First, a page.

A signal tower for Woodward's tornado sirens was struck by lightning and hit by the tornado. Police Chief Harvey Rutherford said the tower that was supposed to send a repeating signal to the town's tornado siren system was knocked out.
Considering the tornado struck at night and the sirens were damaged, it was remarkable that there wasn't a greater loss of life, Rutherford said.
Mostly, people in Woodward on Sunday recalled the tornado's sound.
“I've always heard people say that, that you hear this roaring freight train,” said Carole Beckett, 70, who was unhurt but whose house was destroyed by the tornado. “I don't think I'll ever forget that noise. It's just … it's just crazy. Unbelievable.”
Beckett stood Sunday in the morning sunshine on upper story of her split-level home near 34th Street and Oklahoma Avenue, pieces of dirty insulation clinging to her clothes. The tornado threw the roof and much of the rest of her top floor into the backyard below.
She was awakened by a storm alarm warning the tornado was closing in on Woodward. Beckett and her husband, Gordon, 76, didn't make it to their safe room by the time the tornado rumbled through, but they and their dog escaped injury as their house loudly crashed down around them.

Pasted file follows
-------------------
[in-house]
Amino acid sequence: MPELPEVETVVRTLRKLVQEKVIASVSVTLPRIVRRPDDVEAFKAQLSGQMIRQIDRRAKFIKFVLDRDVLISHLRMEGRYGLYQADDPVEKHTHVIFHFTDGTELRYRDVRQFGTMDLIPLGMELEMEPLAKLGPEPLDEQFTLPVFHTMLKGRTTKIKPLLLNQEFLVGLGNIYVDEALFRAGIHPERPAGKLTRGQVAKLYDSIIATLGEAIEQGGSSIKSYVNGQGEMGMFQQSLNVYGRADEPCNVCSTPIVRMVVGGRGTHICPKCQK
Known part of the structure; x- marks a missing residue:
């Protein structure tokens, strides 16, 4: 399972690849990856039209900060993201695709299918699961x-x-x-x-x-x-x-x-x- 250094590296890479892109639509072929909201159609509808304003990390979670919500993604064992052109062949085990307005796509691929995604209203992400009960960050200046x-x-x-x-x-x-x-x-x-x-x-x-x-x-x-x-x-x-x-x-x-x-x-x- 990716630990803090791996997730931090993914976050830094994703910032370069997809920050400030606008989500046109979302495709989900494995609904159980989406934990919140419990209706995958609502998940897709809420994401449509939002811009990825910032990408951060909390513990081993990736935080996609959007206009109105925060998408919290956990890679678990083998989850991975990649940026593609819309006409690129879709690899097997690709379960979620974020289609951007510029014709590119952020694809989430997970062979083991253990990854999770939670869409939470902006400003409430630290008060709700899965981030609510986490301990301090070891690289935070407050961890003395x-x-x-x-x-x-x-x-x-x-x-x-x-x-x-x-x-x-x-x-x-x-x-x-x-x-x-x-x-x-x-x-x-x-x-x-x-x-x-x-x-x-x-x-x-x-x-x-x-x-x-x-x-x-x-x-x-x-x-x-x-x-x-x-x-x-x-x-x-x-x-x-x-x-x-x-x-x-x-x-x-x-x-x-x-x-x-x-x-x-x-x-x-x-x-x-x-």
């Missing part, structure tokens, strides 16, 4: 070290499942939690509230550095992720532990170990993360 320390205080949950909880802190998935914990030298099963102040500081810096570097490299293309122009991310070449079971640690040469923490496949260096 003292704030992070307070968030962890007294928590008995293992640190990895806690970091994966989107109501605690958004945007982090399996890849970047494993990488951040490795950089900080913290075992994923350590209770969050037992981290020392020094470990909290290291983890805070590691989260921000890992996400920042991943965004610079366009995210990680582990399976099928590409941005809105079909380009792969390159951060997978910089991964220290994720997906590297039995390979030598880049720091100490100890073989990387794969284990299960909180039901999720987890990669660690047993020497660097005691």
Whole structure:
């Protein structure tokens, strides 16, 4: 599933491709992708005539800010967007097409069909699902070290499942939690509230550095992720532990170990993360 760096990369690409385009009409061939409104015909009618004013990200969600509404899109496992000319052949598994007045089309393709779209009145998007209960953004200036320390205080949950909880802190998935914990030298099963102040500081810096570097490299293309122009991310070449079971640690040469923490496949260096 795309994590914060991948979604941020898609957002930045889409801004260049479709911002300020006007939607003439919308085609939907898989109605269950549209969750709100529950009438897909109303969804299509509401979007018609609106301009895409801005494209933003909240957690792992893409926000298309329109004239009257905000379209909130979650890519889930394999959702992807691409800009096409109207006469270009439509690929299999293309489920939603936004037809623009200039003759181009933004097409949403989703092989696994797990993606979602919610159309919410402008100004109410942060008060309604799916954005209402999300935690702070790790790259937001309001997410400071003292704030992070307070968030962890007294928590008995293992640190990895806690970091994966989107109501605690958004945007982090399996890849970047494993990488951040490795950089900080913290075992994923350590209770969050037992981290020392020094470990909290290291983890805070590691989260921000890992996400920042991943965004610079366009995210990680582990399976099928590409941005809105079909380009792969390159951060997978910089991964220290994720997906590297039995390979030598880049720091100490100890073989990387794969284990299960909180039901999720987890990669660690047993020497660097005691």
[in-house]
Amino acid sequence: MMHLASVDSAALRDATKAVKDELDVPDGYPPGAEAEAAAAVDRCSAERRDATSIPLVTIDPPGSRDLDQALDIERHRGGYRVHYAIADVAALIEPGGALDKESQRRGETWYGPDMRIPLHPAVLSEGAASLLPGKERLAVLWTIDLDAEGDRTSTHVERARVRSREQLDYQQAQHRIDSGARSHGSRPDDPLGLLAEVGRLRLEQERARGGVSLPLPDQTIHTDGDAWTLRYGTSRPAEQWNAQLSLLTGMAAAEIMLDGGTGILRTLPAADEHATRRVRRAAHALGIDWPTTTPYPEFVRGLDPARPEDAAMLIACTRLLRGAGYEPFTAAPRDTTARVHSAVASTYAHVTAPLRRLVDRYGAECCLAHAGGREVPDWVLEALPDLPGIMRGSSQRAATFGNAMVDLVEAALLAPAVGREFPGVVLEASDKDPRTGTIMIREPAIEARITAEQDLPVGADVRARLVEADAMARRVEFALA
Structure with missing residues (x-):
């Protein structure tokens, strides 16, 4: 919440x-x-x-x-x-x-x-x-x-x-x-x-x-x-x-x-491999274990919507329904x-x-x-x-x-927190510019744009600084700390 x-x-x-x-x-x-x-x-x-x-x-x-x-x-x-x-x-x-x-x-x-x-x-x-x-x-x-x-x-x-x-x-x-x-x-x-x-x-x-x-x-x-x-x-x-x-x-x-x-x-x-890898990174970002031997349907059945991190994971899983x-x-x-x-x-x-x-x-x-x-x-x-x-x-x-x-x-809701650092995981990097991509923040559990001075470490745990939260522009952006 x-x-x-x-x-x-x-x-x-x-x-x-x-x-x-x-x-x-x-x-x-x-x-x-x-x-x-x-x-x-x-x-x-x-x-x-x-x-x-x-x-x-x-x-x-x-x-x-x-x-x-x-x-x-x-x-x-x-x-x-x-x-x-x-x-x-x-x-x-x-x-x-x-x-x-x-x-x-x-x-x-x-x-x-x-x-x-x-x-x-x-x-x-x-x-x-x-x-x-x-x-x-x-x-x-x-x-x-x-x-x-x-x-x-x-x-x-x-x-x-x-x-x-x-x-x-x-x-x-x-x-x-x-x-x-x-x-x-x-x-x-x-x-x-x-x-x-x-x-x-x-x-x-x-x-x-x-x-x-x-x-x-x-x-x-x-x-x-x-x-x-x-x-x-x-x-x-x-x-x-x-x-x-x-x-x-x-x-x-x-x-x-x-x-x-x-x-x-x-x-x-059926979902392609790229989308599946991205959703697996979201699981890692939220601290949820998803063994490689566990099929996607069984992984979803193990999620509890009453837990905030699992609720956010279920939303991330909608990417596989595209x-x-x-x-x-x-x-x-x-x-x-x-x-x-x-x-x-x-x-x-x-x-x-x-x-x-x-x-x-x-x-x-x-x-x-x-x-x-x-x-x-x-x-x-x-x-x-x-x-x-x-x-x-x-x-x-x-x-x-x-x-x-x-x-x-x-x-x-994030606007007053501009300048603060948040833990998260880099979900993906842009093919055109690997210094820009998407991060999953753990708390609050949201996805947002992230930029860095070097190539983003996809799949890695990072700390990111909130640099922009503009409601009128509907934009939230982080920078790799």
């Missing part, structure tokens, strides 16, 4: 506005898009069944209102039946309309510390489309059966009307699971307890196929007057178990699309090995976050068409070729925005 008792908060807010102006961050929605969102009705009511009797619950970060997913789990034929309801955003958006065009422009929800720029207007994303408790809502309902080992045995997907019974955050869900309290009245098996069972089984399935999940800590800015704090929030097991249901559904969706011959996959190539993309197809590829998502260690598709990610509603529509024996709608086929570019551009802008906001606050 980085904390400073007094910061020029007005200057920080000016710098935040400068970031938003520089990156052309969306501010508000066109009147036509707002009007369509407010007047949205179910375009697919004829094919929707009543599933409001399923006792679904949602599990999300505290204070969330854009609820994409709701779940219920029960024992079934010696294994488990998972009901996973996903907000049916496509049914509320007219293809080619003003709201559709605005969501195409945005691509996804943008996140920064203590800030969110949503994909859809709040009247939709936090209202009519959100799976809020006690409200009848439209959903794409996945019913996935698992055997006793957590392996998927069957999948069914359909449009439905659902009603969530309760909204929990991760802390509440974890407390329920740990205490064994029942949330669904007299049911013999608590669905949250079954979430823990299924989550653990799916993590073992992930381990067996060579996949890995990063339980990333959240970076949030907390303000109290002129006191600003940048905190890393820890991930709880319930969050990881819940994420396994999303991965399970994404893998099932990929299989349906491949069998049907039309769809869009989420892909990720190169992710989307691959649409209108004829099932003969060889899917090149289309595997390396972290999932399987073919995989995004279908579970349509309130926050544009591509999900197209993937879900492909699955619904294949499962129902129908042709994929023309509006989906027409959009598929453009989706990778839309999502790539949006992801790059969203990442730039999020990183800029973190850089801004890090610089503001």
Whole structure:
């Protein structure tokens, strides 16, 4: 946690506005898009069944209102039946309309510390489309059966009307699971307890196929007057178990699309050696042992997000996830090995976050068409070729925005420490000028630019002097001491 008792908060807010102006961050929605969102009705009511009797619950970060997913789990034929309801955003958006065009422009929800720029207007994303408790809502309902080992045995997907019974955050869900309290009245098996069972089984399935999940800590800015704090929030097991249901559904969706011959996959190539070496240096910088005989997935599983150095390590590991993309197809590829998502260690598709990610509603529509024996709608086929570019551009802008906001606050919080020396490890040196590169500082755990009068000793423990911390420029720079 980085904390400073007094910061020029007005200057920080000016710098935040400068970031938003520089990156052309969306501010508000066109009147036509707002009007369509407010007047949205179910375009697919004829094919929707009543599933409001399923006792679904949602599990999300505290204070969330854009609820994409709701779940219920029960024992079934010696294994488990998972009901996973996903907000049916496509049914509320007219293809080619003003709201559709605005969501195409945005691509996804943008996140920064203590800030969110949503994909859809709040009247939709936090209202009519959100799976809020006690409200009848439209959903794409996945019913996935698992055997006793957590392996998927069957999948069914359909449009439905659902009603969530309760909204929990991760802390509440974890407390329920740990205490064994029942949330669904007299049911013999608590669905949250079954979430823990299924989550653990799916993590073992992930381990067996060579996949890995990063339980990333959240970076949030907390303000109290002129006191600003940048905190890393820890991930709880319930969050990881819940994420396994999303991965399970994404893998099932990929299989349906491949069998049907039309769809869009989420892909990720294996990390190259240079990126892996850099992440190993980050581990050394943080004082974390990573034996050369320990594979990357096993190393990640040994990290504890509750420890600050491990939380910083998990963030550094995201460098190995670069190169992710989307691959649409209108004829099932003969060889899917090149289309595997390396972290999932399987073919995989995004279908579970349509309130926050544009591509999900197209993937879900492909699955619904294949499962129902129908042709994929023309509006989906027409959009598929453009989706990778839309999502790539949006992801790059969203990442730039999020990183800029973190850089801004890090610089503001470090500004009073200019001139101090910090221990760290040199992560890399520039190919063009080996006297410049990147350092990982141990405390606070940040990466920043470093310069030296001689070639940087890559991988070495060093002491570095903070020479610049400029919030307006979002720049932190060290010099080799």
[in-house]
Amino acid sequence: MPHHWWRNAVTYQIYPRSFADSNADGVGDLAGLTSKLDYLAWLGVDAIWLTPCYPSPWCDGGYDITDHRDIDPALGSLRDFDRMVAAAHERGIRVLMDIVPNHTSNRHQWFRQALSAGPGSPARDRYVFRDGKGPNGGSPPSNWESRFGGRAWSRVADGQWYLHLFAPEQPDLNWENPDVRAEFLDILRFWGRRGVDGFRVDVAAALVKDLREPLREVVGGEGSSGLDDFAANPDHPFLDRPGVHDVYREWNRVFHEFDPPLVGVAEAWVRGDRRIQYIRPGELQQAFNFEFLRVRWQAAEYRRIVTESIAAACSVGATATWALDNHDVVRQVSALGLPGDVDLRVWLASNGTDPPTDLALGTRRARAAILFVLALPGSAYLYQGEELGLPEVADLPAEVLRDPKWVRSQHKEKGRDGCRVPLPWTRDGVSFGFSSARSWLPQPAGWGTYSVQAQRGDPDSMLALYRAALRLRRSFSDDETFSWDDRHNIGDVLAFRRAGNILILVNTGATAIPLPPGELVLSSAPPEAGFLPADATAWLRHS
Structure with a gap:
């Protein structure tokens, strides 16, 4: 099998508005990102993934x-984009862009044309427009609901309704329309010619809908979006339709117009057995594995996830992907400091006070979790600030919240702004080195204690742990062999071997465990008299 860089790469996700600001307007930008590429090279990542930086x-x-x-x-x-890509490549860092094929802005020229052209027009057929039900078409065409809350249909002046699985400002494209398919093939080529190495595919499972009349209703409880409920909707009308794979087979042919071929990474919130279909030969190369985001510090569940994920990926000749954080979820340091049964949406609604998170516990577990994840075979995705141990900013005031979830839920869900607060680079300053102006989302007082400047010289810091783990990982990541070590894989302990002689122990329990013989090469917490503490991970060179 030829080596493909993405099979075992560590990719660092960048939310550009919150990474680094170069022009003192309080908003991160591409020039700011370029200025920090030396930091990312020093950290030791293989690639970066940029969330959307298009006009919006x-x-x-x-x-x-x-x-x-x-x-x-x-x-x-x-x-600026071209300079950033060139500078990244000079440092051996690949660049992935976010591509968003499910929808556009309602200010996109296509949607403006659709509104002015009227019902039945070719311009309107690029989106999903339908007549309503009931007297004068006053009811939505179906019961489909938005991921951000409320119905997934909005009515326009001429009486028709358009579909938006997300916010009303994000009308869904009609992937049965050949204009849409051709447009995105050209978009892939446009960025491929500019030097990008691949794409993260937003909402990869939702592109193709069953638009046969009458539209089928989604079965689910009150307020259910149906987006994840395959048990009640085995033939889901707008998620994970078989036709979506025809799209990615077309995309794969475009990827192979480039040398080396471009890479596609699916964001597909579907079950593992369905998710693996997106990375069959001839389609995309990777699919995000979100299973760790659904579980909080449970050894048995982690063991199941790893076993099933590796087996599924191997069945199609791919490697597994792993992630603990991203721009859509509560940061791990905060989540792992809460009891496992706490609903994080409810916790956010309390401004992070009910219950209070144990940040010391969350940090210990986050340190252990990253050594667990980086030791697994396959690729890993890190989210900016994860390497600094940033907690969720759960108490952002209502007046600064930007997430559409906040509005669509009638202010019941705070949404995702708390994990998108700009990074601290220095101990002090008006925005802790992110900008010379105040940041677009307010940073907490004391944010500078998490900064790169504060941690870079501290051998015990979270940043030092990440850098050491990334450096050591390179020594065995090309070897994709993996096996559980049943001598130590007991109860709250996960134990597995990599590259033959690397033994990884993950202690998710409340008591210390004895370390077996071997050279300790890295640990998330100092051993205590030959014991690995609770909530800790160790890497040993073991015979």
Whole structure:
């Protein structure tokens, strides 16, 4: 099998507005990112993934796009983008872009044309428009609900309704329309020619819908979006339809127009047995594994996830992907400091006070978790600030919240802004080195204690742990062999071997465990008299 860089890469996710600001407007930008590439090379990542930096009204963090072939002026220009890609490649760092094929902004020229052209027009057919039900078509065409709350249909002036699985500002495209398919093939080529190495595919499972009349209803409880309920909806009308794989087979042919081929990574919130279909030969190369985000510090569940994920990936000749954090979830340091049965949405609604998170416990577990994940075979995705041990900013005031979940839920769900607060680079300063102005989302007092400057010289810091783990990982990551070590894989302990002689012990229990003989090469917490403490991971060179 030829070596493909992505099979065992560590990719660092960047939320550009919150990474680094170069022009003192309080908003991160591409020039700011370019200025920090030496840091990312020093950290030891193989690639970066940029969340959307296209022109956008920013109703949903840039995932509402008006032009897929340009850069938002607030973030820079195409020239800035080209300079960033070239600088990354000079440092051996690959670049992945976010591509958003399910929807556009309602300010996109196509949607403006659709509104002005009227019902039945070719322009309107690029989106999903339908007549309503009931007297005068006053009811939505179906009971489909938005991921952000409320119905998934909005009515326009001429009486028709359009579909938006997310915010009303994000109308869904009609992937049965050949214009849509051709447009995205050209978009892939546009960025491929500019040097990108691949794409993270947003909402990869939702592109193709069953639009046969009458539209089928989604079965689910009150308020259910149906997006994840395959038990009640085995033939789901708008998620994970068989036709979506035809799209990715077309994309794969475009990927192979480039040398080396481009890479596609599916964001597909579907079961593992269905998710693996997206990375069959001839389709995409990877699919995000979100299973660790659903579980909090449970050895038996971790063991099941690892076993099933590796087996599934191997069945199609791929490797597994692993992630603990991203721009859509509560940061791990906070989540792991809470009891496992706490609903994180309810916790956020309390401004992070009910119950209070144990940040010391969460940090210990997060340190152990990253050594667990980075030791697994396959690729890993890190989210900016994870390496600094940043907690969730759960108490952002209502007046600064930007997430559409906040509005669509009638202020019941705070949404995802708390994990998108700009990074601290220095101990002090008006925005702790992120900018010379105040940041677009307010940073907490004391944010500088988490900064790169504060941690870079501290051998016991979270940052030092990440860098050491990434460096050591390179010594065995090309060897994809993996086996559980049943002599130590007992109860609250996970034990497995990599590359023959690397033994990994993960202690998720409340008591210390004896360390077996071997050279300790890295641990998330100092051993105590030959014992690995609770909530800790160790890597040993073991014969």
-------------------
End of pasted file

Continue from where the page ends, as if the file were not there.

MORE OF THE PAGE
The Becketts' house typified the seemingly random pattern of the tornado's destruction. Collapsed interior walls had unscathed framed pictures on them, and a sizable flat-screen TV had only a bit of dust while other parts of the house were obliterated.
“My clothes are hanging up in the closet. I mean my clothes are actually hanging up,” Beckett said. “Gordon's aren't.”
Woodward High School Assistant Principal Kyle Reynolds, 43, was helping clean up after the school's prom when the tornado hit. It missed the gymnasium where he and others took shelter, but not his house.
Reynolds wore coveralls Sunday morning that he was able to salvage from the house, which was destroyed by the tornado. His daughter, home from college for the weekend, was home alone when it hit but sheltered in a safe room and was unhurt.